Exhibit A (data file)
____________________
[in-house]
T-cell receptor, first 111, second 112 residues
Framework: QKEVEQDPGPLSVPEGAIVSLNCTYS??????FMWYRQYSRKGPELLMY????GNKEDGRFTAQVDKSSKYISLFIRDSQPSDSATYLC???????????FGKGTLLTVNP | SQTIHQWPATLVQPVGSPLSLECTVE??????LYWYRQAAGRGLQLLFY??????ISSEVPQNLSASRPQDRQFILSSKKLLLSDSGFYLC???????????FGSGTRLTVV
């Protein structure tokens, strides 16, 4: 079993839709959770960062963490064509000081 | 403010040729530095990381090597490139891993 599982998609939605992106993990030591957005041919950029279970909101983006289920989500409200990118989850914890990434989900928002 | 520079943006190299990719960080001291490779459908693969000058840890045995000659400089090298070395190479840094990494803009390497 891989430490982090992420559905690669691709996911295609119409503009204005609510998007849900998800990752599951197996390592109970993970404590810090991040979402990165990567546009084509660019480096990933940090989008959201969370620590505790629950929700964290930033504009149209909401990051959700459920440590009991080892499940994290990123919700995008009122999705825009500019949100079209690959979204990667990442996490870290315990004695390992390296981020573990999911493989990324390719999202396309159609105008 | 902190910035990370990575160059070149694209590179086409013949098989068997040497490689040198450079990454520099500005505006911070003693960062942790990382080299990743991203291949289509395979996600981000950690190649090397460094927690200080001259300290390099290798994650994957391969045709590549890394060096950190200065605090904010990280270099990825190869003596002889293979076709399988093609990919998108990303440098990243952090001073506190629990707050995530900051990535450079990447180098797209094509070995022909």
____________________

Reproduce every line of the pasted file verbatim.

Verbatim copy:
[in-house]
T-cell receptor, first 111, second 112 residues
Framework: QKEVEQDPGPLSVPEGAIVSLNCTYS??????FMWYRQYSRKGPELLMY????GNKEDGRFTAQVDKSSKYISLFIRDSQPSDSATYLC???????????FGKGTLLTVNP | SQTIHQWPATLVQPVGSPLSLECTVE??????LYWYRQAAGRGLQLLFY??????ISSEVPQNLSASRPQDRQFILSSKKLLLSDSGFYLC???????????FGSGTRLTVV
């Protein structure tokens, strides 16, 4: 079993839709959770960062963490064509000081 | 403010040729530095990381090597490139891993 599982998609939605992106993990030591957005041919950029279970909101983006289920989500409200990118989850914890990434989900928002 | 520079943006190299990719960080001291490779459908693969000058840890045995000659400089090298070395190479840094990494803009390497 891989430490982090992420559905690669691709996911295609119409503009204005609510998007849900998800990752599951197996390592109970993970404590810090991040979402990165990567546009084509660019480096990933940090989008959201969370620590505790629950929700964290930033504009149209909401990051959700459920440590009991080892499940994290990123919700995008009122999705825009500019949100079209690959979204990667990442996490870290315990004695390992390296981020573990999911493989990324390719999202396309159609105008 | 902190910035990370990575160059070149694209590179086409013949098989068997040497490689040198450079990454520099500005505006911070003693960062942790990382080299990743991203291949289509395979996600981000950690190649090397460094927690200080001259300290390099290798994650994957391969045709590549890394060096950190200065605090904010990280270099990825190869003596002889293979076709399988093609990919998108990303440098990243952090001073506190629990707050995530900051990535450079990447180098797209094509070995022909």